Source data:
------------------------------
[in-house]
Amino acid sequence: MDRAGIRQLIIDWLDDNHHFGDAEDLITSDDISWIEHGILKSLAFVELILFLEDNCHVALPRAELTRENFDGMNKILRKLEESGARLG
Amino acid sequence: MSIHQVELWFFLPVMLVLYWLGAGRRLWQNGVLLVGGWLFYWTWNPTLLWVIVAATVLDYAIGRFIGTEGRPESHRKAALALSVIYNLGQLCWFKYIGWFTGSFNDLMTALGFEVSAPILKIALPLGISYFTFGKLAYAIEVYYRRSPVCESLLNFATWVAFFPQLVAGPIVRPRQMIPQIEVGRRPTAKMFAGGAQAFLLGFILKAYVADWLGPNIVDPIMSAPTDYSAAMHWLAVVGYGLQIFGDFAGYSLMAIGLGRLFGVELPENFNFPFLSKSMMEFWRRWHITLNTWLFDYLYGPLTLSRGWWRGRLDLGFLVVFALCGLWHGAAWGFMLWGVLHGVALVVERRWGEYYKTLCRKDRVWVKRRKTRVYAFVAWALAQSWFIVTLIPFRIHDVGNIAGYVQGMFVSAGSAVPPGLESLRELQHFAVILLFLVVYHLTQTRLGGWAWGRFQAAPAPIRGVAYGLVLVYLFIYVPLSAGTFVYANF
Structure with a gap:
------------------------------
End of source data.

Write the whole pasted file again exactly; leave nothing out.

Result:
[in-house]
Amino acid sequence: MDRAGIRQLIIDWLDDNHHFGDAEDLITSDDISWIEHGILKSLAFVELILFLEDNCHVALPRAELTRENFDGMNKILRKLEESGARLG
Amino acid sequence: MSIHQVELWFFLPVMLVLYWLGAGRRLWQNGVLLVGGWLFYWTWNPTLLWVIVAATVLDYAIGRFIGTEGRPESHRKAALALSVIYNLGQLCWFKYIGWFTGSFNDLMTALGFEVSAPILKIALPLGISYFTFGKLAYAIEVYYRRSPVCESLLNFATWVAFFPQLVAGPIVRPRQMIPQIEVGRRPTAKMFAGGAQAFLLGFILKAYVADWLGPNIVDPIMSAPTDYSAAMHWLAVVGYGLQIFGDFAGYSLMAIGLGRLFGVELPENFNFPFLSKSMMEFWRRWHITLNTWLFDYLYGPLTLSRGWWRGRLDLGFLVVFALCGLWHGAAWGFMLWGVLHGVALVVERRWGEYYKTLCRKDRVWVKRRKTRVYAFVAWALAQSWFIVTLIPFRIHDVGNIAGYVQGMFVSAGSAVPPGLESLRELQHFAVILLFLVVYHLTQTRLGGWAWGRFQAAPAPIRGVAYGLVLVYLFIYVPLSAGTFVYANF
Structure with a gap: